Whereas Wright’s previous pictures had a precision of zippy editing and tight shots, Baby Driver has a fresh groove all its own. Every character comes with a wit and charm all their own, from Baby’s deaf and elderly roommate to the easily-peeved diner manager. Every action-packed chase and gunfight is brimming with precision and grit, keeping the stunts fast yet decipherable. Every song presented on the soundtrack comes with more of a rhythm than a flavor, where every step and gunshot is synchronized to the beats, making the music as much a character in the picture as it is a lifeforce to Baby’s soul. It’s amazing enough to watch a final duel of cars to the tune of Queen, but even more grand when punctuating every tire-spinning, gun-firing shot.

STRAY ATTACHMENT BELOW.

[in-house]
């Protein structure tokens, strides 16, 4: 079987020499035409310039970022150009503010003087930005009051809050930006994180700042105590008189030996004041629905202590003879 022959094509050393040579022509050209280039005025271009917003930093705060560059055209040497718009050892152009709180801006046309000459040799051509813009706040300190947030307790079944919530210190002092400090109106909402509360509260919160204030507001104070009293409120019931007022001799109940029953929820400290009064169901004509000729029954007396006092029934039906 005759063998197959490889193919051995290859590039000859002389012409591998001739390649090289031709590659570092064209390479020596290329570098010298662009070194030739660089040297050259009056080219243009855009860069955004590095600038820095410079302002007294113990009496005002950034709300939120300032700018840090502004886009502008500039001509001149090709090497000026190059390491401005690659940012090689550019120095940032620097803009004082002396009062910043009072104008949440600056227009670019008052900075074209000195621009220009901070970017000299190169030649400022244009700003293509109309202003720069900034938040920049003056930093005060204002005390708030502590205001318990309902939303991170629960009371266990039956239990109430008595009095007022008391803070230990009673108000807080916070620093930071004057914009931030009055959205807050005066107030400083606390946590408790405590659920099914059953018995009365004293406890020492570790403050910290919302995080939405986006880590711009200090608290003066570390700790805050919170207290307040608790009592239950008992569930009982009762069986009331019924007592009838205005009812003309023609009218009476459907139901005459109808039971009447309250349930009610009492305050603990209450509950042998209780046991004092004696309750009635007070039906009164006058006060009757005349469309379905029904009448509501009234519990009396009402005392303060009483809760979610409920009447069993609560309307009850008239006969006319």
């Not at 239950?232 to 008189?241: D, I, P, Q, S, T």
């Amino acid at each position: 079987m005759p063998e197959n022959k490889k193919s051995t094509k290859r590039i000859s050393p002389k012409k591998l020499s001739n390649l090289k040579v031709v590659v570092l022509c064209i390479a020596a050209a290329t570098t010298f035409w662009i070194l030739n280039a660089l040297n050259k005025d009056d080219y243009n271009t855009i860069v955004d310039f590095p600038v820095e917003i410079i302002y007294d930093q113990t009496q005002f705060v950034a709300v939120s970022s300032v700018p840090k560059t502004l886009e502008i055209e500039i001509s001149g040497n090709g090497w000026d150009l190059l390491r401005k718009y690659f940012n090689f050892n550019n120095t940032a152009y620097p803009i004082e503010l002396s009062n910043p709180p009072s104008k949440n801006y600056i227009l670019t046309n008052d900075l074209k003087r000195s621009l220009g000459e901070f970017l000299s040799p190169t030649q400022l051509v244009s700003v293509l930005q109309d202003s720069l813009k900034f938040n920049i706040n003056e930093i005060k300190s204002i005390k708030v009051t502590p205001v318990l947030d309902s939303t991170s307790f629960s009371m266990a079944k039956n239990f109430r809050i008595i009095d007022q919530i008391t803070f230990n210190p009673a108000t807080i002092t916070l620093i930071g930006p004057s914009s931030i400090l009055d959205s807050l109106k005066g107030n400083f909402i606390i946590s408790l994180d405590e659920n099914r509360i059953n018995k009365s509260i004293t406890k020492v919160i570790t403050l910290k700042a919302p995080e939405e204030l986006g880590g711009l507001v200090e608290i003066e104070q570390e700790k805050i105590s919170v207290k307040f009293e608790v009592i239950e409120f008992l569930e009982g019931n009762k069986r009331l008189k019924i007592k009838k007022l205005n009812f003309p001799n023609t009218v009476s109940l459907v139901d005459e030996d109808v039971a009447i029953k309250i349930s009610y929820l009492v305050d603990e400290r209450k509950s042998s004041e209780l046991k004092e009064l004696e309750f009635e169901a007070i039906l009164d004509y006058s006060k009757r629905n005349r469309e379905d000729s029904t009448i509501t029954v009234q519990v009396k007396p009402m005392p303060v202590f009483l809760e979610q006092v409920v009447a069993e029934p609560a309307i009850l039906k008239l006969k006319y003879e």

There’s such an intense grip on the eyes and ears with Edgar Wright’s picture that you’d have to actively try not to be won over by its genre bending excitement. There’s a sweetness to how Baby gushes over music and dreams of the perfect getaway. There’s a dark hilarity in the criminals will converse and bicker with one another in dangerous situations (“Don’t you quote Monsters, Inc. on me!”). The car chases and shootouts have such originality and expertise placed in their choreography that they’ll be etched in my brain forever.
It’s been a long time since the last Edgar Wright movie graced the screen (The World’s End, 2013) and his return showcases how this director hasn’t lost his touch by the slightest ounce. Whereas other films seem to lose their way as they go on, Baby Driver grabs our hand and forces us to take its pulse. And, wow, is it beating loud!